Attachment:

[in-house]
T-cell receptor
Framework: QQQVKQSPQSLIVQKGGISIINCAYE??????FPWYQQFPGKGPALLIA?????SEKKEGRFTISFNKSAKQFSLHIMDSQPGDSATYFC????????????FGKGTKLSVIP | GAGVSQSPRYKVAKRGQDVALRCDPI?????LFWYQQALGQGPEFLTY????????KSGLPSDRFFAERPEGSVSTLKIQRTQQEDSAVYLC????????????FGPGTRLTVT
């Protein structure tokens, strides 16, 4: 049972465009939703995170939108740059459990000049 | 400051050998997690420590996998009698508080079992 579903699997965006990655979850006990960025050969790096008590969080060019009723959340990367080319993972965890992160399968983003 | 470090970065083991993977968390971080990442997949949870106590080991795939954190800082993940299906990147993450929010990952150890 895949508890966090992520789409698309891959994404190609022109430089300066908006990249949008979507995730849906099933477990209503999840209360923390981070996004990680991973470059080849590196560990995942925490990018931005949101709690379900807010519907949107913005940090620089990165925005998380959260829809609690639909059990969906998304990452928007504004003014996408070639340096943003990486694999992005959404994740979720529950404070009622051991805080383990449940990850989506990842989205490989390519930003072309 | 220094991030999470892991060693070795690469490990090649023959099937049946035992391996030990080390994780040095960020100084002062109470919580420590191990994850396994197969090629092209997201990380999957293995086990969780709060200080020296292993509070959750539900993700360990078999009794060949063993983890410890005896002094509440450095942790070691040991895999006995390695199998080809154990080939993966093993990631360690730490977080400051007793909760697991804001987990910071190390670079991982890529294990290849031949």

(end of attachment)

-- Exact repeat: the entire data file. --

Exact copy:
[in-house]
T-cell receptor
Framework: QQQVKQSPQSLIVQKGGISIINCAYE??????FPWYQQFPGKGPALLIA?????SEKKEGRFTISFNKSAKQFSLHIMDSQPGDSATYFC????????????FGKGTKLSVIP | GAGVSQSPRYKVAKRGQDVALRCDPI?????LFWYQQALGQGPEFLTY????????KSGLPSDRFFAERPEGSVSTLKIQRTQQEDSAVYLC????????????FGPGTRLTVT
């Protein structure tokens, strides 16, 4: 049972465009939703995170939108740059459990000049 | 400051050998997690420590996998009698508080079992 579903699997965006990655979850006990960025050969790096008590969080060019009723959340990367080319993972965890992160399968983003 | 470090970065083991993977968390971080990442997949949870106590080991795939954190800082993940299906990147993450929010990952150890 895949508890966090992520789409698309891959994404190609022109430089300066908006990249949008979507995730849906099933477990209503999840209360923390981070996004990680991973470059080849590196560990995942925490990018931005949101709690379900807010519907949107913005940090620089990165925005998380959260829809609690639909059990969906998304990452928007504004003014996408070639340096943003990486694999992005959404994740979720529950404070009622051991805080383990449940990850989506990842989205490989390519930003072309 | 220094991030999470892991060693070795690469490990090649023959099937049946035992391996030990080390994780040095960020100084002062109470919580420590191990994850396994197969090629092209997201990380999957293995086990969780709060200080020296292993509070959750539900993700360990078999009794060949063993983890410890005896002094509440450095942790070691040991895999006995390695199998080809154990080939993966093993990631360690730490977080400051007793909760697991804001987990910071190390670079991982890529294990290849031949």